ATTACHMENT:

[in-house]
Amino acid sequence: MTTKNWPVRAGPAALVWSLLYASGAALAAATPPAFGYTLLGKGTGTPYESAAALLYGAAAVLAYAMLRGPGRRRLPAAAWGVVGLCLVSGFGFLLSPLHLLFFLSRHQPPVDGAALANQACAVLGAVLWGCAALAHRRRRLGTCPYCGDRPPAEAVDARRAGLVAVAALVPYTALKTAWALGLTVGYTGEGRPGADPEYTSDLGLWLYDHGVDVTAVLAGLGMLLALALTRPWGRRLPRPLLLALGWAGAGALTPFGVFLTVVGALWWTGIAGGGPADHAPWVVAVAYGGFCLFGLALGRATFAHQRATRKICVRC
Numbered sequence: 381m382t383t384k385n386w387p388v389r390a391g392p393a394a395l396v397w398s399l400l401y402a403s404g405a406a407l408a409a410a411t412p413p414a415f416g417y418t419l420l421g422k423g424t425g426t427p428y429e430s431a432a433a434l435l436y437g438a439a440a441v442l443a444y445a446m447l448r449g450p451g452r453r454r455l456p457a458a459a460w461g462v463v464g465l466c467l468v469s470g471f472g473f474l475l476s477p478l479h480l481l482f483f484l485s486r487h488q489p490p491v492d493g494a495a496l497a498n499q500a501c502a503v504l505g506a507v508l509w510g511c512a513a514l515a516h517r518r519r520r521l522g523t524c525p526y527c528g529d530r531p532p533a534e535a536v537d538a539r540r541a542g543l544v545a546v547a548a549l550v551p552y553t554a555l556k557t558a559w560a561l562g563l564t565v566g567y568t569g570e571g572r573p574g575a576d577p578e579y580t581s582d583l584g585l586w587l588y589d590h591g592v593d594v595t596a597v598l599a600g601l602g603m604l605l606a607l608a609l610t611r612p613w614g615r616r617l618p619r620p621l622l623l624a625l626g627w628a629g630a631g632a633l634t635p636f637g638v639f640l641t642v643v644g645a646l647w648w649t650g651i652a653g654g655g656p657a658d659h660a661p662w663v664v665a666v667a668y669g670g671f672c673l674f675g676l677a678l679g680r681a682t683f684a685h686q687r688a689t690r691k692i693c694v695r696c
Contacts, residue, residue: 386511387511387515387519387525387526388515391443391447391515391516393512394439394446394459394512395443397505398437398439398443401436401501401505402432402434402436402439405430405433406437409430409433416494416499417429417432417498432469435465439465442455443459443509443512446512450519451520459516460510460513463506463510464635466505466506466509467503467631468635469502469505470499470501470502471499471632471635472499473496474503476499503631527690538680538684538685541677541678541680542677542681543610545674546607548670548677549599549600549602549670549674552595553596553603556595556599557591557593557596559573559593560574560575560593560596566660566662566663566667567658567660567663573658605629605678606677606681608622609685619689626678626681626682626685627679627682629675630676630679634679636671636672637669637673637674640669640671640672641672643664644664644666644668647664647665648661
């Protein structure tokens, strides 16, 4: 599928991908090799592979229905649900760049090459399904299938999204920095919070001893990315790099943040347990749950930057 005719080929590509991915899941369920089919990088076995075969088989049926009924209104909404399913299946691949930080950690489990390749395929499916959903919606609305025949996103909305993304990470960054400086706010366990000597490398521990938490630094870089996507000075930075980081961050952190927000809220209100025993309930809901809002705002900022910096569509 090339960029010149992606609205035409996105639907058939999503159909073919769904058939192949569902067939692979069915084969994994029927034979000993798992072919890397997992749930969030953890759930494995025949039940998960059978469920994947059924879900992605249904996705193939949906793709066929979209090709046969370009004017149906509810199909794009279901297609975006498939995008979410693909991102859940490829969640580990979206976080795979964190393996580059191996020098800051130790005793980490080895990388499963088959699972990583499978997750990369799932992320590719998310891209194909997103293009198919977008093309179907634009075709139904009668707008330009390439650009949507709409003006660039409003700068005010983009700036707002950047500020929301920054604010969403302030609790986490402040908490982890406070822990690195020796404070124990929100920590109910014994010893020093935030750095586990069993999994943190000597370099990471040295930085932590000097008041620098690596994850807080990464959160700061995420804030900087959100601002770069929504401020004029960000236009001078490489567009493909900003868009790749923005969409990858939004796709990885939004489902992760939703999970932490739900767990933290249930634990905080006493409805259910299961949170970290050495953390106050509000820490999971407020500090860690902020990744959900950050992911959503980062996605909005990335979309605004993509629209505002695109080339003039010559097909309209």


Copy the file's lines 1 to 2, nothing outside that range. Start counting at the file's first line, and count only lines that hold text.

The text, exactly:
[in-house]
Amino acid sequence: MTTKNWPVRAGPAALVWSLLYASGAALAAATPPAFGYTLLGKGTGTPYESAAALLYGAAAVLAYAMLRGPGRRRLPAAAWGVVGLCLVSGFGFLLSPLHLLFFLSRHQPPVDGAALANQACAVLGAVLWGCAALAHRRRRLGTCPYCGDRPPAEAVDARRAGLVAVAALVPYTALKTAWALGLTVGYTGEGRPGADPEYTSDLGLWLYDHGVDVTAVLAGLGMLLALALTRPWGRRLPRPLLLALGWAGAGALTPFGVFLTVVGALWWTGIAGGGPADHAPWVVAVAYGGFCLFGLALGRATFAHQRATRKICVRC